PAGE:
JSC launches search for eight new faculty


Max Van Wie

Dan Regan

A plan to fill eight new full-time faculty positions is now underway at Johnson State College. This extensive process began last semester with the chairs of each department consulting with their colleagues and developing proposals for new faculty hires. These proposals were presented at a council of all department chairs. Later, President Barbra Murphy decided which positions to authorize; not all requests were granted for this first round of searches.

The president is excited by this influx of new faculty and said, “If you want to see things become more exciting, dynamic and open to change, you have got to introduce new life, new perspectives, and new enthusiasm. Nothing has the ability to change a college like a fusion of new talent and energy.”

Some of these positions have long been empty and others are newly vacated, such as when Professor of Writing and Literature Jacob White left for Ithaca, New York, last year. Another position will be open following Professor Susan Calza’s plans to retire after this semester.

The open positions include full-time professors in fiction writing, 3d art and sculpture, graduate level counseling and psychology, elementary education and literacy, special education, and business and economics. Two positions, one in music and one in anthropology and sociology, will be open on a visiting basis, meaning that the jobs are one-year positions with the possibility of renewal for a second year.

The process of finding the right candidates is consuming and expensive.

“It’s a very busy, but very rewarding, process,”, said Professor Mary Martin, co-chair of the fine and performing arts department who is involved in helping find a professor for Calza’s soon-to-be open position. “Hopefully we will get somebody who is a great sculptor, a great professor, and a great fit for Johnson.” Interviews for this position will be held at The College Art Association in Chicago from Feb. 12-16.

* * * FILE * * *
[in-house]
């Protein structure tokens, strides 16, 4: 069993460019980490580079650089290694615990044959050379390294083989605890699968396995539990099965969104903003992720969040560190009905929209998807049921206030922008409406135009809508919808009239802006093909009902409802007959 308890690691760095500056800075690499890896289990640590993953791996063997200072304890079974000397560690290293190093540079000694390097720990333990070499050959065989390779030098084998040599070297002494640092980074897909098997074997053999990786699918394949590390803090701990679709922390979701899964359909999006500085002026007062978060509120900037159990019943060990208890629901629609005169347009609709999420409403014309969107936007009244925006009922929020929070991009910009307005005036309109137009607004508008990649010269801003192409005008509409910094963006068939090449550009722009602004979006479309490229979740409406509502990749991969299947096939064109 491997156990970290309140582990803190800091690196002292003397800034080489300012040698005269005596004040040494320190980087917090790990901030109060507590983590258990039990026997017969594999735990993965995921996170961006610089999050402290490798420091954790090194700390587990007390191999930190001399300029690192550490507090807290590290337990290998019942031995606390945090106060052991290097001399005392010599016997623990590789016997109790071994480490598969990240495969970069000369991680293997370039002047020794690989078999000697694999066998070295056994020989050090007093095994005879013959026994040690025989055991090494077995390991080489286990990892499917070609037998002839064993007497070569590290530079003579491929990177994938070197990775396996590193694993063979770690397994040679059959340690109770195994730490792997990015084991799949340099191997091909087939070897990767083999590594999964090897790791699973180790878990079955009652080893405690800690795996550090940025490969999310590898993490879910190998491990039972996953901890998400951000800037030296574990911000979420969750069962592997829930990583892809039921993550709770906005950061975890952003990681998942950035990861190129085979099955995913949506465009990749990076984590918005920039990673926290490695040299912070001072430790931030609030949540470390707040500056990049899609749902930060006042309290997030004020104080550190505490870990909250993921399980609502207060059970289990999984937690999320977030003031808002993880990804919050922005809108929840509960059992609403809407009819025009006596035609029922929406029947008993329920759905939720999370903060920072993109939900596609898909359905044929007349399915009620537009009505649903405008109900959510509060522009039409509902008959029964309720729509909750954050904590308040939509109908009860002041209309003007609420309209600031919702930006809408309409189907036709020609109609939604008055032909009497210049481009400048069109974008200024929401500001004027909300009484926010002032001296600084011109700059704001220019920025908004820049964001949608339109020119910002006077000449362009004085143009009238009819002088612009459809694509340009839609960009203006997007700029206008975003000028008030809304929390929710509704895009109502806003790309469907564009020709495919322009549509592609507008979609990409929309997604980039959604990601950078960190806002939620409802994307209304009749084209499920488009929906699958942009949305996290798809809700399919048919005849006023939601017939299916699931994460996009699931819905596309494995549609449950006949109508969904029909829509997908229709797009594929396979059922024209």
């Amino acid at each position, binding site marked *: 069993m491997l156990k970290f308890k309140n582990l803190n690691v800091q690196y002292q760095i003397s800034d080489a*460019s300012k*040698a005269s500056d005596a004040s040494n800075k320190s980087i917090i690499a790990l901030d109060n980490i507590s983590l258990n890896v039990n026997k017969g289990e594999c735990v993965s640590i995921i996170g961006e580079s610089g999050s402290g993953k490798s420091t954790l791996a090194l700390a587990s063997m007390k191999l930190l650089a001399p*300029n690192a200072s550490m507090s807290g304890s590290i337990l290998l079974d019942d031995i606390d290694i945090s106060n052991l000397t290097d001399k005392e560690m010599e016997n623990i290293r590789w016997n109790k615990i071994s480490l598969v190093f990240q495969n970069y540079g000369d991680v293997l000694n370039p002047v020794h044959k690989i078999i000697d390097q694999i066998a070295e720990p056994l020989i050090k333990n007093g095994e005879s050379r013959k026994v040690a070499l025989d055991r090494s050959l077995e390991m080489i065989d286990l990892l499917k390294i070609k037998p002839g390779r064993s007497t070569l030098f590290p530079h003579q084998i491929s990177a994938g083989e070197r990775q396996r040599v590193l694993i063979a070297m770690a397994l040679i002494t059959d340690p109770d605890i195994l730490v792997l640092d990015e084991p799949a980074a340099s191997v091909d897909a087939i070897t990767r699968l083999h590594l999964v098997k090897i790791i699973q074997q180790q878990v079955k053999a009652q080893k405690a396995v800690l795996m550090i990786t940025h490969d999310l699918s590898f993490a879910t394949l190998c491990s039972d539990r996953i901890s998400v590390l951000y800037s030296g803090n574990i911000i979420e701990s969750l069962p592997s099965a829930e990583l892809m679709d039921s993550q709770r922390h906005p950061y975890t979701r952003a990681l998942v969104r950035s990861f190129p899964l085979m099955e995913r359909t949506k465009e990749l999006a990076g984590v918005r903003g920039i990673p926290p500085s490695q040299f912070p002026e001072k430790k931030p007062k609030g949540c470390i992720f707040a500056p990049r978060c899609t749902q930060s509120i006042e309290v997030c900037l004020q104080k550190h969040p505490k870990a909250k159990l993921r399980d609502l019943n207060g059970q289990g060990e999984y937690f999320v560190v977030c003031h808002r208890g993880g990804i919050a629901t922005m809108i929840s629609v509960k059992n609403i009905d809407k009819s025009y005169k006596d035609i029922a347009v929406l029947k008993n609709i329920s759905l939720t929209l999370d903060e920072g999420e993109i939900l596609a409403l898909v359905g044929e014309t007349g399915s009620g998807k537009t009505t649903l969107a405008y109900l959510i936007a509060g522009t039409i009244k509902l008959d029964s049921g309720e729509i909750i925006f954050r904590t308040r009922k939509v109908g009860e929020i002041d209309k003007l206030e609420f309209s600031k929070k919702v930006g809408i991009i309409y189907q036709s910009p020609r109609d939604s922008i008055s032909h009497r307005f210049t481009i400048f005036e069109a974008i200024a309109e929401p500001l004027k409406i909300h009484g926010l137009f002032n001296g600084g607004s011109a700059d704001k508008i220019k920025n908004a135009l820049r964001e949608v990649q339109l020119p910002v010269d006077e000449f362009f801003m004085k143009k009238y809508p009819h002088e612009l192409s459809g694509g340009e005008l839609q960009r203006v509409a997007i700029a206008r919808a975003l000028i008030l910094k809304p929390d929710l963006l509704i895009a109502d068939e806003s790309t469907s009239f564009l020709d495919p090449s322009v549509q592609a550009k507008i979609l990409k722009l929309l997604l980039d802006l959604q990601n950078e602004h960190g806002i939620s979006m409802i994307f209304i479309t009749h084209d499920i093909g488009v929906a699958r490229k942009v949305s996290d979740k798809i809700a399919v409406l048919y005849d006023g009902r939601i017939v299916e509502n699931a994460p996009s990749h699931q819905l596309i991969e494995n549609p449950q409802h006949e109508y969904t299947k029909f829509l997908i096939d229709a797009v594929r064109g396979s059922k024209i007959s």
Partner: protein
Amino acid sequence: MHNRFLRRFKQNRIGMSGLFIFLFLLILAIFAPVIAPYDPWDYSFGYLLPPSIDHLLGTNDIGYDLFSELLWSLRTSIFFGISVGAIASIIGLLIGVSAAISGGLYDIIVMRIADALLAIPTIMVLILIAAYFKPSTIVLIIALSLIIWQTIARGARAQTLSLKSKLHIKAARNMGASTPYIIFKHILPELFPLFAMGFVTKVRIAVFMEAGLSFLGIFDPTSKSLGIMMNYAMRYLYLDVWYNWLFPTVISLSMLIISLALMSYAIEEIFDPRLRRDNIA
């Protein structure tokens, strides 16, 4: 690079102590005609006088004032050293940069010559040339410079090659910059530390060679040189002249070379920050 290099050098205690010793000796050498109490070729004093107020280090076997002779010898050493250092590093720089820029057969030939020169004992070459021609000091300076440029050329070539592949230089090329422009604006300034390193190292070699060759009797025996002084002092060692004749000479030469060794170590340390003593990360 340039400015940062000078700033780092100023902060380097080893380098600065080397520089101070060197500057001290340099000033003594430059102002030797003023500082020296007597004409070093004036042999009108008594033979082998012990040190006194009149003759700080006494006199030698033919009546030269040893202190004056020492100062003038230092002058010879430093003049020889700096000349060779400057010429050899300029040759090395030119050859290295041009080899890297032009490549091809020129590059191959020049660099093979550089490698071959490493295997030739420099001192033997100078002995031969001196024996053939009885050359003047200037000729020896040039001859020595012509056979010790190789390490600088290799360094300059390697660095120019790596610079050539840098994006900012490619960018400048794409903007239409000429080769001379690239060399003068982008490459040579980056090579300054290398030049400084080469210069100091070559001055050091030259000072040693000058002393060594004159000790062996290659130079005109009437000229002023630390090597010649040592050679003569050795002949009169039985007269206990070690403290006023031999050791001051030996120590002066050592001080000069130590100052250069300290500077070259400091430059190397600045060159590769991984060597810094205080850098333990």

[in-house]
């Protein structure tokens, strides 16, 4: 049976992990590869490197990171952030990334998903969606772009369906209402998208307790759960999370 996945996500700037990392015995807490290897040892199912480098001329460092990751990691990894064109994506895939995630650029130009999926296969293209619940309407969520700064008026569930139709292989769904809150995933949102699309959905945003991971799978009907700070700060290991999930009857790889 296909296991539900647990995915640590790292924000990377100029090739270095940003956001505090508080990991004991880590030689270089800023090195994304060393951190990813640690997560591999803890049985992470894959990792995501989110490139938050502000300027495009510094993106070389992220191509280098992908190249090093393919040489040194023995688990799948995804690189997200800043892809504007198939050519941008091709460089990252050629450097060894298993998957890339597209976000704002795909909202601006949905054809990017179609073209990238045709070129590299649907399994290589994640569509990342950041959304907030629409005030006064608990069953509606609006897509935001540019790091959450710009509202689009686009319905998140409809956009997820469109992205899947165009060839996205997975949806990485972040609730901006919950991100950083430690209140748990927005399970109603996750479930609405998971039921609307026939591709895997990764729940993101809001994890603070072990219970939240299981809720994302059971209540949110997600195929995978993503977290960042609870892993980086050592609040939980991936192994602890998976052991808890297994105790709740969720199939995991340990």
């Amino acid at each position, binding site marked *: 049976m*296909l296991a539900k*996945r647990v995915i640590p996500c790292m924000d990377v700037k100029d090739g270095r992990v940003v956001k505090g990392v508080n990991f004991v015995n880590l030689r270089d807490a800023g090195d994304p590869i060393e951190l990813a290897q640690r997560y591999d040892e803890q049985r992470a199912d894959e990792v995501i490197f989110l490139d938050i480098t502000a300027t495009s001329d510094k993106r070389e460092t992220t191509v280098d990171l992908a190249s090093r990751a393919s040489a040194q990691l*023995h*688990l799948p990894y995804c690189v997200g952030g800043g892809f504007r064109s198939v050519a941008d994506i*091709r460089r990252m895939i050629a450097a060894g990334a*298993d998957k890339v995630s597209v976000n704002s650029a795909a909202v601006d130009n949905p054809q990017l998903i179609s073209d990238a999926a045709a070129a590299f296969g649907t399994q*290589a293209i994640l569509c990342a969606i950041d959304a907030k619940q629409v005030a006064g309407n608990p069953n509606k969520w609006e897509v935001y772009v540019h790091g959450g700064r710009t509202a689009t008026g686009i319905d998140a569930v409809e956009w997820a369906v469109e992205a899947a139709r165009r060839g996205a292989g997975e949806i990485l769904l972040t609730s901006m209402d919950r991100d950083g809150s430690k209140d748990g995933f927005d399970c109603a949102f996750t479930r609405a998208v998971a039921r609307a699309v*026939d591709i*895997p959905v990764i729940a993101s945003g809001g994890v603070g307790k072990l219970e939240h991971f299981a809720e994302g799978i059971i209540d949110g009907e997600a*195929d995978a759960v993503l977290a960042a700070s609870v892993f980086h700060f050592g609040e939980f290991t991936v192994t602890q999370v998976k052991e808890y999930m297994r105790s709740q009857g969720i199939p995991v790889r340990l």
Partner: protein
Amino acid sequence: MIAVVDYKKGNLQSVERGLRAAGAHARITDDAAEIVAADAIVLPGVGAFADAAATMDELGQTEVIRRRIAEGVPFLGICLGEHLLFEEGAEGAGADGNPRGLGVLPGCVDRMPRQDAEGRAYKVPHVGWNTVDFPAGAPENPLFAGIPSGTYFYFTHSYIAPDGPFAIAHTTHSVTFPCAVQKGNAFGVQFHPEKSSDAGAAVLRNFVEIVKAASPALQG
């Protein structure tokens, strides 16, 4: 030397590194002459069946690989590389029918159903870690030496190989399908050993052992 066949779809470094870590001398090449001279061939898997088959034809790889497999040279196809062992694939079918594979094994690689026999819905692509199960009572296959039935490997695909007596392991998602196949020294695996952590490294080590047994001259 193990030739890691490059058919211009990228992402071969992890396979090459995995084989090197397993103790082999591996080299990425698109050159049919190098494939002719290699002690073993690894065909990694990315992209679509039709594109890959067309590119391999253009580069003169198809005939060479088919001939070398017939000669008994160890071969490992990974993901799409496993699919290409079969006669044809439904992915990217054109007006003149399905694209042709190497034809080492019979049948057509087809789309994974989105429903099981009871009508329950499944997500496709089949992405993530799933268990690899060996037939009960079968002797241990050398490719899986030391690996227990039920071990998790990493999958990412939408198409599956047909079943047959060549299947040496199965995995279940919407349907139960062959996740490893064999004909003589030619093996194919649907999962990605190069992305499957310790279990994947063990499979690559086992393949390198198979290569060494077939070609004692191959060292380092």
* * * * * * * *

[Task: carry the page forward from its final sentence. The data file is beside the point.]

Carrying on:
Fortunately the college isn’t short of scholarly people looking for employment, but chairpersons must sift through candidates for the perfect matches for both the college and the job description.

“We are starting to review about 36 applications that we have received for the position,” said Professor Sharon Twigg, chairperson of the writing and literature department. The department hopes to have its list narrowed down by early March.

Some departments have specific traits they want in a new professor; the business and economics staff is looking for an economist who is interested in working closely with students on research projects in the local community. The office has felt the strain of being under-staffed and is eager to have its next teacher.

“We are one of the largest departments on campus, and right now we only have three full-time professors,” said Professor Henrique Cezar, the chair of the business and economics department. “We are receiving applications from many different backgrounds and we are very happy with the pool of applicants we have received.”

Ad postings for all positions have been placed in the e-Chronicle of Higher Education, professional sites for faculty in specific fields such as the Collegiate Art Association, and internally throughout the Vermont State Colleges.

With such a large number of new professors, the money needed to pay them is not far from the administration’s mind.

“That caution has to be balanced,” the president acknowledged. “Innovation requires investment.”

Another monetary issue stems from the retirement of professors, for whom the college has post-retirement obligations to. The administration will have to balance the salaries of new blood while keeping their promises to the old.

“There’s a huge expression of confidence here on the future health and vitality of Johnson State College,” said Dean of Academic Affairs Dan Regan. “The attempt to hire such a sizable number of people can have an enormous effect.”

Finding the new hires is a time-consuming project for staff. Each open position has its own search committee made up of faculty and sometimes students. These groups also typically include a member of the faculty outside the hiring department in order to provide an alternative viewpoint. After a committee narrows its list to six to nine applicants, the members interview them via conference call, selecting three finalists. Those people are invited for a series of personal interviews with the department, the college president, and the academic dean. After the department recommends its candidate, it’s up left to the administration for the final say.

Search committees could be completing their initial review of applications as early as this February, with phone interviews of semifinalists. Finalists should be attending campus visits by March or April.

Murphy said the acquisition of all eight positions will take a significant amount of time, saying, “We see this not as a single year effort, but part of a multiyear plan.”

Furthermore, not every job search may prove successful. Candidates can drop at the last minute, or otherwise prove to be unsuitable.

“We want to be choosing among terrific people,” said Regan. “[The recruitment effort] is also a great opportunity for the college to come together and have an opportunity to reflect on what we value.”